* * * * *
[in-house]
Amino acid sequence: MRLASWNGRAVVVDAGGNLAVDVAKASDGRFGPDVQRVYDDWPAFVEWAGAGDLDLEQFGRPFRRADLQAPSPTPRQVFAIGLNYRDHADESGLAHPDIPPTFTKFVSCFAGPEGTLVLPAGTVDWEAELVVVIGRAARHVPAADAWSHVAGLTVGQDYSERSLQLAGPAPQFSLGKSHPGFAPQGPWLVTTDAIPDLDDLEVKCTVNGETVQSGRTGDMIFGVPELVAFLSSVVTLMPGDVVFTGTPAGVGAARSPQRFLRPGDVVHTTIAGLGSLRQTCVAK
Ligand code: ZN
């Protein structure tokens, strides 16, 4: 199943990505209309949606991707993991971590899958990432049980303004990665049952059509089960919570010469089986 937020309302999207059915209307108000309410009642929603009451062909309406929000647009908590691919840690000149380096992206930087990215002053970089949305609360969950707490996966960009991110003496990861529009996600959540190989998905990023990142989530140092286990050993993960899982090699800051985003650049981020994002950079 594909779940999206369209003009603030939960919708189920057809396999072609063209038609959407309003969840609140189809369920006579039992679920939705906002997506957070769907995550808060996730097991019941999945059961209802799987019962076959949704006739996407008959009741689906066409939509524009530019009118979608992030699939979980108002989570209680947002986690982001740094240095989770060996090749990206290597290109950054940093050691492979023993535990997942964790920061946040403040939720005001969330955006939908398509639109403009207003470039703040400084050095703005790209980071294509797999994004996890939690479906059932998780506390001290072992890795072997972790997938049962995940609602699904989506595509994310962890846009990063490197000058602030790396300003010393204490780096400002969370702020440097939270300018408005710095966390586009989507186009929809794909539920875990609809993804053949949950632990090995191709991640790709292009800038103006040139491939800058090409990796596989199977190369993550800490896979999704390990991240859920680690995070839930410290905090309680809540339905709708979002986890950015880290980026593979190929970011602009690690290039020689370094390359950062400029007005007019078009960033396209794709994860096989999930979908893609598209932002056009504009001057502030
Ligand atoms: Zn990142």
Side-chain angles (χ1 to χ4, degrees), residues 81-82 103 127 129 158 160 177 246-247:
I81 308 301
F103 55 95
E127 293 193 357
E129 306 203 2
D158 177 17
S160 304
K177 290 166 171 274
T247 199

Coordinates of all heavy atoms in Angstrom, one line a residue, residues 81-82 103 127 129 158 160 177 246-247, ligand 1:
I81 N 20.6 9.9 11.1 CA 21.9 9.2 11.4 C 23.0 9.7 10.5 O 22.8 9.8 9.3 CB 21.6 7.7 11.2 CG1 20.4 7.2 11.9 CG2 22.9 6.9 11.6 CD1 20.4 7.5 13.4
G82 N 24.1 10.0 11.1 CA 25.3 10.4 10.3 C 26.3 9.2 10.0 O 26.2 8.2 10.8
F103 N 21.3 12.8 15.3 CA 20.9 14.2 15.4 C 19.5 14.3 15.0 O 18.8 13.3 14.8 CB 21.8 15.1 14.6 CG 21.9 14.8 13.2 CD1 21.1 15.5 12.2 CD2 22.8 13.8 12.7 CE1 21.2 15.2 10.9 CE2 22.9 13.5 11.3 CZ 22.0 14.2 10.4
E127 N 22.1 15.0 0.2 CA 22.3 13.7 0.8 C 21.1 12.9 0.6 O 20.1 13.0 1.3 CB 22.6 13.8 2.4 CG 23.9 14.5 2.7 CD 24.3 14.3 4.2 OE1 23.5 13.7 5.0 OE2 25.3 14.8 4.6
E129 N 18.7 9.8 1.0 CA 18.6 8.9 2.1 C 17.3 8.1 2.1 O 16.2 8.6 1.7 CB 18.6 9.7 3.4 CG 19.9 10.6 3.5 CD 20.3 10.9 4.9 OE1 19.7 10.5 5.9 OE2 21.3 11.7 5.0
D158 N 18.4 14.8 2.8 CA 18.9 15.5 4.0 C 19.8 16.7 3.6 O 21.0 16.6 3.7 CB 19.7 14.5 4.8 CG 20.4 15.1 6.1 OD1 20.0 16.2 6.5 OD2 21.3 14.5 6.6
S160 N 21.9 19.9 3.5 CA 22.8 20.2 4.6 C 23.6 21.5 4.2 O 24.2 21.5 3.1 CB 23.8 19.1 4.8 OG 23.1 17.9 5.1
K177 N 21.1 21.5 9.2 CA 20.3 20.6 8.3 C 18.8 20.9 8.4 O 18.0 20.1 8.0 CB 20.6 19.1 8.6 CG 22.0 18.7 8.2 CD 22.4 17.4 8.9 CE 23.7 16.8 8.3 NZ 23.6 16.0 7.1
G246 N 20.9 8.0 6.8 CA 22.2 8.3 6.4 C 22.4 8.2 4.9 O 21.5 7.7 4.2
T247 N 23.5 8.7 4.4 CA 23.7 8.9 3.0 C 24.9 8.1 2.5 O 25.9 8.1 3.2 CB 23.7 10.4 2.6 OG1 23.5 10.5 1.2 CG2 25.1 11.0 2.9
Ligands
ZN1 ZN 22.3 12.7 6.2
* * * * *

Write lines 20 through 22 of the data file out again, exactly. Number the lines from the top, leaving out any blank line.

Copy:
E129 N 18.7 9.8 1.0 CA 18.6 8.9 2.1 C 17.3 8.1 2.1 O 16.2 8.6 1.7 CB 18.6 9.7 3.4 CG 19.9 10.6 3.5 CD 20.3 10.9 4.9 OE1 19.7 10.5 5.9 OE2 21.3 11.7 5.0
D158 N 18.4 14.8 2.8 CA 18.9 15.5 4.0 C 19.8 16.7 3.6 O 21.0 16.6 3.7 CB 19.7 14.5 4.8 CG 20.4 15.1 6.1 OD1 20.0 16.2 6.5 OD2 21.3 14.5 6.6
S160 N 21.9 19.9 3.5 CA 22.8 20.2 4.6 C 23.6 21.5 4.2 O 24.2 21.5 3.1 CB 23.8 19.1 4.8 OG 23.1 17.9 5.1